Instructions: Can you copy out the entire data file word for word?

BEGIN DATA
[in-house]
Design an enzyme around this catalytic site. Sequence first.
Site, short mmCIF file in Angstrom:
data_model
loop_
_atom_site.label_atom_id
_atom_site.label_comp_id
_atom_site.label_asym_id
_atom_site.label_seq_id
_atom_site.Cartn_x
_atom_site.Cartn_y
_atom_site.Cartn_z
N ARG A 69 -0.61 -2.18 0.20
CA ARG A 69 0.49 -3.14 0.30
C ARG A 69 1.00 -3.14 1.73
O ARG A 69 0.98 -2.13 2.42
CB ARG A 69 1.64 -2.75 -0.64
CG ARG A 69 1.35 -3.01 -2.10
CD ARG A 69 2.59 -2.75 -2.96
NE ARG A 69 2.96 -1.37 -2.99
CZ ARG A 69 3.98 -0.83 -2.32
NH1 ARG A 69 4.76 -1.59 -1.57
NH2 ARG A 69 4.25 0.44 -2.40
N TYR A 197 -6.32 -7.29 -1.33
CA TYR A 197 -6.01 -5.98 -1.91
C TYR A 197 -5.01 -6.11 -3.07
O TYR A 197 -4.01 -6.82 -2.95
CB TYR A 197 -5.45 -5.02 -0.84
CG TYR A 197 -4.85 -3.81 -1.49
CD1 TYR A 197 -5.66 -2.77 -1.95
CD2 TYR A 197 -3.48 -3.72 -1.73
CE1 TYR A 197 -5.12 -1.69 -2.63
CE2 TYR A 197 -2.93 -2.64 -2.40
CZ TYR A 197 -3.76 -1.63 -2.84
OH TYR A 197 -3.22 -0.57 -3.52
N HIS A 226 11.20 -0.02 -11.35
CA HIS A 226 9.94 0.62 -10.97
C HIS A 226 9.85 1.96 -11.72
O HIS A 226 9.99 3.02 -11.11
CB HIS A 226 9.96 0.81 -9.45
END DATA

[in-house]
Design an enzyme around this catalytic site. Sequence first.
Site, short mmCIF file in Angstrom:
data_model
loop_
_atom_site.label_atom_id
_atom_site.label_comp_id
_atom_site.label_asym_id
_atom_site.label_seq_id
_atom_site.Cartn_x
_atom_site.Cartn_y
_atom_site.Cartn_z
N ARG A 69 -0.61 -2.18 0.20
CA ARG A 69 0.49 -3.14 0.30
C ARG A 69 1.00 -3.14 1.73
O ARG A 69 0.98 -2.13 2.42
CB ARG A 69 1.64 -2.75 -0.64
CG ARG A 69 1.35 -3.01 -2.10
CD ARG A 69 2.59 -2.75 -2.96
NE ARG A 69 2.96 -1.37 -2.99
CZ ARG A 69 3.98 -0.83 -2.32
NH1 ARG A 69 4.76 -1.59 -1.57
NH2 ARG A 69 4.25 0.44 -2.40
N TYR A 197 -6.32 -7.29 -1.33
CA TYR A 197 -6.01 -5.98 -1.91
C TYR A 197 -5.01 -6.11 -3.07
O TYR A 197 -4.01 -6.82 -2.95
CB TYR A 197 -5.45 -5.02 -0.84
CG TYR A 197 -4.85 -3.81 -1.49
CD1 TYR A 197 -5.66 -2.77 -1.95
CD2 TYR A 197 -3.48 -3.72 -1.73
CE1 TYR A 197 -5.12 -1.69 -2.63
CE2 TYR A 197 -2.93 -2.64 -2.40
CZ TYR A 197 -3.76 -1.63 -2.84
OH TYR A 197 -3.22 -0.57 -3.52
N HIS A 226 11.20 -0.02 -11.35
CA HIS A 226 9.94 0.62 -10.97
C HIS A 226 9.85 1.96 -11.72
O HIS A 226 9.99 3.02 -11.11
CB HIS A 226 9.96 0.81 -9.45